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Using range charts for visualization with Report Builder 3.0

A range chart does just what it sounds like – it presents ranges of data in a meaningful way. Report Builder 3.0 includes new functionality for adding ranges to SQL Server reports.

Part 1 | Part 2 | Part 3 | Part 4 | Part 5

Now that you've seen how to work with bar, column and line charts in Report Builder 3.0, it's time to take a look at one more popular chart type – ranges. This article explains when range charts are appropriate in SQL Server Reporting Services, and how to set them up.

Adding a range chart to a report

Now let's look at a slightly different type of chart — the range chart. This type of chart displays ranges of data based on the fields you include in the Values section of the Chart Data pane. For example, Figure 14 shows a Range Column chart that tracks the minimum and maximum sales amounts by month.

Figure 14 (click to enlarge)

For each month, the chart will determine the highest and lowest sales amount, and plot it on the chart with a column for each set of data points. Figure 15 shows the Top and Bottom value properties in the Series Properties dialog box. Notice that the top value uses the Max function, and the bottom value uses the Min function. This, of course, is different from the default Sum function used in most reports.

Figure 15 (click to enlarge)

In addition to the difference in the value fields, I've also used a different expression for the Tooltip property than I used in the previous charts:

="Min/" & FormatCurrency(Min(Fields!SalesAmount.Value)) & " " & "Max/" & FormatCurrency(Max(Fields!SalesAmount.Value))

The tooltip will now display the minimum and maximum values when a user hovers over one of the columns.

One other series property that's set differently from the previous reports is the Color property (found on the Fill page of the Series Properties dialog box). Instead of using the default values, I played with the colors a bit by defining the following expression:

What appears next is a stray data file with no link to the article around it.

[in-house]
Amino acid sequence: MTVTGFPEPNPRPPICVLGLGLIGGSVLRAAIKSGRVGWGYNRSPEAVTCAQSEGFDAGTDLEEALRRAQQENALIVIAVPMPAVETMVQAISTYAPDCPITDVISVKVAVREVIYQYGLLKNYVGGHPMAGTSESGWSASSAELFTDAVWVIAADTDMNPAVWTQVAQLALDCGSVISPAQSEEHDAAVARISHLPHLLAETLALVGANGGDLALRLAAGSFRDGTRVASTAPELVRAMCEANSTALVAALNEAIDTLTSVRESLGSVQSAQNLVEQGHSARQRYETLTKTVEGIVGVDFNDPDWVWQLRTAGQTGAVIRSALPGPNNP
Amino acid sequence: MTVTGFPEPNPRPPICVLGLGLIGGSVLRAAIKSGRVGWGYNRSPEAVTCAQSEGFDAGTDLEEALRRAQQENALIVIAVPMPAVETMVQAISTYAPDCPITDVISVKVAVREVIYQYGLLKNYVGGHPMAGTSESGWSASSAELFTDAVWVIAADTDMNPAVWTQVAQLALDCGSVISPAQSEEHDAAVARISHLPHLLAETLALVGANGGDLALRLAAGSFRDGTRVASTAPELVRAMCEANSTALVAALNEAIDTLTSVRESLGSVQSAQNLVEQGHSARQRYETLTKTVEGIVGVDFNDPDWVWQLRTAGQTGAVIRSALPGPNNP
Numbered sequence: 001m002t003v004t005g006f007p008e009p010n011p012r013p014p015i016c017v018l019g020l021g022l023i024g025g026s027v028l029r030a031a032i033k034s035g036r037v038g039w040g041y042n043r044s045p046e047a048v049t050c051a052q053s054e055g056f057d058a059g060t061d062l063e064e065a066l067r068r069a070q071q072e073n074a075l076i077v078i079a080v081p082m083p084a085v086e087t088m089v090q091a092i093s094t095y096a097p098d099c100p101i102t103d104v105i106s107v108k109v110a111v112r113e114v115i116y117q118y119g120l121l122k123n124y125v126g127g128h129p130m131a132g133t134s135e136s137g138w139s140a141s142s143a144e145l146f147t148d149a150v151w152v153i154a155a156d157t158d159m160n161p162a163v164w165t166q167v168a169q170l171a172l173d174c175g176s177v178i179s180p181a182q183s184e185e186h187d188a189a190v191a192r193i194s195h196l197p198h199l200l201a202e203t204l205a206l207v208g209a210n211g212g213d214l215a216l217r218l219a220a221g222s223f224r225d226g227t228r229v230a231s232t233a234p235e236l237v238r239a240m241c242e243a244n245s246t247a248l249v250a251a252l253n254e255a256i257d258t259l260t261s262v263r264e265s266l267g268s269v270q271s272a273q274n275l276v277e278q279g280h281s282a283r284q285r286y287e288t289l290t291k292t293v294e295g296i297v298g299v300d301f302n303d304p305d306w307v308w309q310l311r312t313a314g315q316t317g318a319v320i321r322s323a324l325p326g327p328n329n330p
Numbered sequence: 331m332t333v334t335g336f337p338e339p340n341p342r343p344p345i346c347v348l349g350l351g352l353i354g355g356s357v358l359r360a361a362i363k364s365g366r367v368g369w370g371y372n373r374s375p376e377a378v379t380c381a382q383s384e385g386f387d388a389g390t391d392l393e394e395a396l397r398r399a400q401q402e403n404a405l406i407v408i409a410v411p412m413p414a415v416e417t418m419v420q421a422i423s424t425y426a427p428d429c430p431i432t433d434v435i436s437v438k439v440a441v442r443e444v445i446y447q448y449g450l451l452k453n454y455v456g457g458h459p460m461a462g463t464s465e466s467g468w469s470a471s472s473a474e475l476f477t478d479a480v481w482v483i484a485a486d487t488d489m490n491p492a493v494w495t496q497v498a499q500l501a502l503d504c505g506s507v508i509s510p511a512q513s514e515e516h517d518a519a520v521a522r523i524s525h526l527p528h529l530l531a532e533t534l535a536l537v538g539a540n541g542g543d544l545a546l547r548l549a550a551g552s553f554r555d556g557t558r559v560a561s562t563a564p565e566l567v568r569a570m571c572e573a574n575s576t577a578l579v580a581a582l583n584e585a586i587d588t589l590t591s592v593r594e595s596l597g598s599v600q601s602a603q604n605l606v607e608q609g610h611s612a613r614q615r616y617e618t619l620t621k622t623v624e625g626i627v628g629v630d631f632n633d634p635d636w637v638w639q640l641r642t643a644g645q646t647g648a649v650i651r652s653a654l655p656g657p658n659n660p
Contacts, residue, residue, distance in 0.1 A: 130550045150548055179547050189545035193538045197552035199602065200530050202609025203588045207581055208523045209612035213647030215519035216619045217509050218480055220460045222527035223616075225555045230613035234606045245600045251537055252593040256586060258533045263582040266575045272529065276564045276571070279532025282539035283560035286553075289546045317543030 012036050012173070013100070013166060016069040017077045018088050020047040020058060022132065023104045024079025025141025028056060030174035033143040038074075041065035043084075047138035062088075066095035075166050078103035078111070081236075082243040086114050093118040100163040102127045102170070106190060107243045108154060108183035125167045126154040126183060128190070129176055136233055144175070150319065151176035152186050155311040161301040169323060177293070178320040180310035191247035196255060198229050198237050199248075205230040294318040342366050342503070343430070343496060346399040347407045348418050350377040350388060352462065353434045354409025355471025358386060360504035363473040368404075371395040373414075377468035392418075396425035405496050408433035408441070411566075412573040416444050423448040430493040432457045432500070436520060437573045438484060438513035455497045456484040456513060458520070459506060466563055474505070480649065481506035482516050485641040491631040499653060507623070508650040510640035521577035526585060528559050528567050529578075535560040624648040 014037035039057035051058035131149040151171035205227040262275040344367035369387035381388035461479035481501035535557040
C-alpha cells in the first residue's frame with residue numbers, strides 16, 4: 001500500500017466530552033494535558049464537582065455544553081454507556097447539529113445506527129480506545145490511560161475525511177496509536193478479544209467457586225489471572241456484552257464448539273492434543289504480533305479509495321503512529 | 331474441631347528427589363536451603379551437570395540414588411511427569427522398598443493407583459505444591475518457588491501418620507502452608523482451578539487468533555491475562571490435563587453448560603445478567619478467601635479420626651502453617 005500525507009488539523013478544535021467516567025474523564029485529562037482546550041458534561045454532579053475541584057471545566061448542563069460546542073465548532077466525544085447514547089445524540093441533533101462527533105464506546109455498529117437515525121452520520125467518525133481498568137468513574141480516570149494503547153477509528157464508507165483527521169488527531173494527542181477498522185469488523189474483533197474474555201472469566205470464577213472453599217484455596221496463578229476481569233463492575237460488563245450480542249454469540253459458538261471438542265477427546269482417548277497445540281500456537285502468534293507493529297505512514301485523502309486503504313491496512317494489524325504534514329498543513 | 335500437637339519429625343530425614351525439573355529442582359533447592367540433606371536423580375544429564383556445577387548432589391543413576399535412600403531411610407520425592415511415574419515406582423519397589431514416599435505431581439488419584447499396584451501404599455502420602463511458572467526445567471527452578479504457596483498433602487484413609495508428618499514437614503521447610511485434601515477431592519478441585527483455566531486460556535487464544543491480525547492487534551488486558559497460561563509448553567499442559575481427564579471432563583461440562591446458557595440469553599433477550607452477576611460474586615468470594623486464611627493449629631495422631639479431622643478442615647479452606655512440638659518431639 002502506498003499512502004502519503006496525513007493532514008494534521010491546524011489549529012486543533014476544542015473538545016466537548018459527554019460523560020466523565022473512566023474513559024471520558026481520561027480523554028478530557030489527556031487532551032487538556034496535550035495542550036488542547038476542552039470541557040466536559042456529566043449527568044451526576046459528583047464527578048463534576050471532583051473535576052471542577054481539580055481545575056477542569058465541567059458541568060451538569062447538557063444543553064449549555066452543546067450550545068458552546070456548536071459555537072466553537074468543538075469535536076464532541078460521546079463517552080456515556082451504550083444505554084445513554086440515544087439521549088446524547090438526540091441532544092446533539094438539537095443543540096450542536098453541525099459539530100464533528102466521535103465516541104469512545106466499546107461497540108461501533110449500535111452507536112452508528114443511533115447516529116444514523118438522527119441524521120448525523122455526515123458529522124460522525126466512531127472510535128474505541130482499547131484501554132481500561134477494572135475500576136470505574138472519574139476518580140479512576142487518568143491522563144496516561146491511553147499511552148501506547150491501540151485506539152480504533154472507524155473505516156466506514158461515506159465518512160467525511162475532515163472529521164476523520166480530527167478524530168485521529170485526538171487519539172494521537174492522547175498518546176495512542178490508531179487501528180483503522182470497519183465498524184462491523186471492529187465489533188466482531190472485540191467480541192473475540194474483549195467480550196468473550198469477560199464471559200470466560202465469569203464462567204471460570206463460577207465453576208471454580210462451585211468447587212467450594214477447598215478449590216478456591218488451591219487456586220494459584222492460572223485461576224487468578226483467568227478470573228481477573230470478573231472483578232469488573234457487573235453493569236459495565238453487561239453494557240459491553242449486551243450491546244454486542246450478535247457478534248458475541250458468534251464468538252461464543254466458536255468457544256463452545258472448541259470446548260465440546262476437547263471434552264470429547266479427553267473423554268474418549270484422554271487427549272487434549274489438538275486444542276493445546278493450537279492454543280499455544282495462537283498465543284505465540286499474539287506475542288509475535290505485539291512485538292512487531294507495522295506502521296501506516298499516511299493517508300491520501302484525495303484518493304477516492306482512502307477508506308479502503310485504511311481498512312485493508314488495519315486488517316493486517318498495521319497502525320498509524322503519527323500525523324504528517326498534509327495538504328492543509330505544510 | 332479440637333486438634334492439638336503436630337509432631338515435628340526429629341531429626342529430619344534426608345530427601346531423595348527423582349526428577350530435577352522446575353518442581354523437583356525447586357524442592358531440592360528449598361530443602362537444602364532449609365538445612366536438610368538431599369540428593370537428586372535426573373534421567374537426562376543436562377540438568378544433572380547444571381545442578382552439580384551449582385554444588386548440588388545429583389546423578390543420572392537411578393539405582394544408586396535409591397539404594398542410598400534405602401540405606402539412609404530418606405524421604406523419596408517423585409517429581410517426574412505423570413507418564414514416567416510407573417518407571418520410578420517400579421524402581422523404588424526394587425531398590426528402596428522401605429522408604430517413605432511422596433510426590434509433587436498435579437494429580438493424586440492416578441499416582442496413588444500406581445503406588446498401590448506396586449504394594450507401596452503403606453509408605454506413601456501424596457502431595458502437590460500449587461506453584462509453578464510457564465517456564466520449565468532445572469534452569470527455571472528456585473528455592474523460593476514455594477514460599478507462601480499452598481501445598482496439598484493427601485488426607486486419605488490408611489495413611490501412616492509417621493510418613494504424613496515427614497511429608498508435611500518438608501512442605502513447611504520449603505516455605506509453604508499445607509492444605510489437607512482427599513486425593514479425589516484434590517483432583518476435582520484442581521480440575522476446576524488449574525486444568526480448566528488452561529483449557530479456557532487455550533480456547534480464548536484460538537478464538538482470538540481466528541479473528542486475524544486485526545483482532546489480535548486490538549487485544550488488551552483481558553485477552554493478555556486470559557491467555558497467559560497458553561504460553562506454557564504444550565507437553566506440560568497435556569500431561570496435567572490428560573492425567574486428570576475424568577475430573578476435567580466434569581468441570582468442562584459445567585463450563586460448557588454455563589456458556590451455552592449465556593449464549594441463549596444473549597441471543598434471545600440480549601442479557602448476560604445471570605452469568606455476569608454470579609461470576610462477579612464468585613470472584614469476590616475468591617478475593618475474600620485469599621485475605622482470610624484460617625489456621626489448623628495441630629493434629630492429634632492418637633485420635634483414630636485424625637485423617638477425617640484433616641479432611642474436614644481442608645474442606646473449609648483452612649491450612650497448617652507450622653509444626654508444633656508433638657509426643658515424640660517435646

=Iif(Fields!SalesGroup.Value = "Pacific", "Aqua", Iif(Fields!SalesGroup.Value = "Europe", "Yellow", "Blue"))

If the sales group is Pacific, the column will be aqua. If the group is Europe, the color will be yellow. Otherwise, the color will be blue.

Another difference from previous charts is the category groups. For the range chart, I specified two category groups, OrderQuarter followed by OrderMonth. This way, the horizontal axis provides an additional subcategory, although this doesn't change the displayed columns and their values. Also, because the OrderQuarter values are stored as 1, 2, 3, and 4, I modified the Label property with the following expression:

="Quarter " & Fields!OrderQuarter.Value

In this expression, I simply concatenated the text with the value from the OrderQuarter field. Now the label text will include the word "Quarter". Figure 16 shows what the chart will look like when the user views the report for 2007.

Figure 16 (click to enlarge)

As you can see, each month shows three columns that reflect the range between minimum and maximum sales amount. The chart also reflects my color settings, and the quarters listed beneath the horizontal axis. (Note that the sample data in the AdventureWorks warehouse is not the best, but it still gives you an idea of how the chart works.)

Continue to part five



 Part 1: Adding charts
 Part 2: Creating bar charts
 Part 3: Generating column and line charts
 Part 4: Using range charts
 Part 5: Utilizing shape charts

Robert Sheldon is a technical consultant and the author of numerous books, articles, and training material related to Microsoft Windows, various relational database management systems, and business intelligence design and implementation. You can find more information at

This was last published in January 2010

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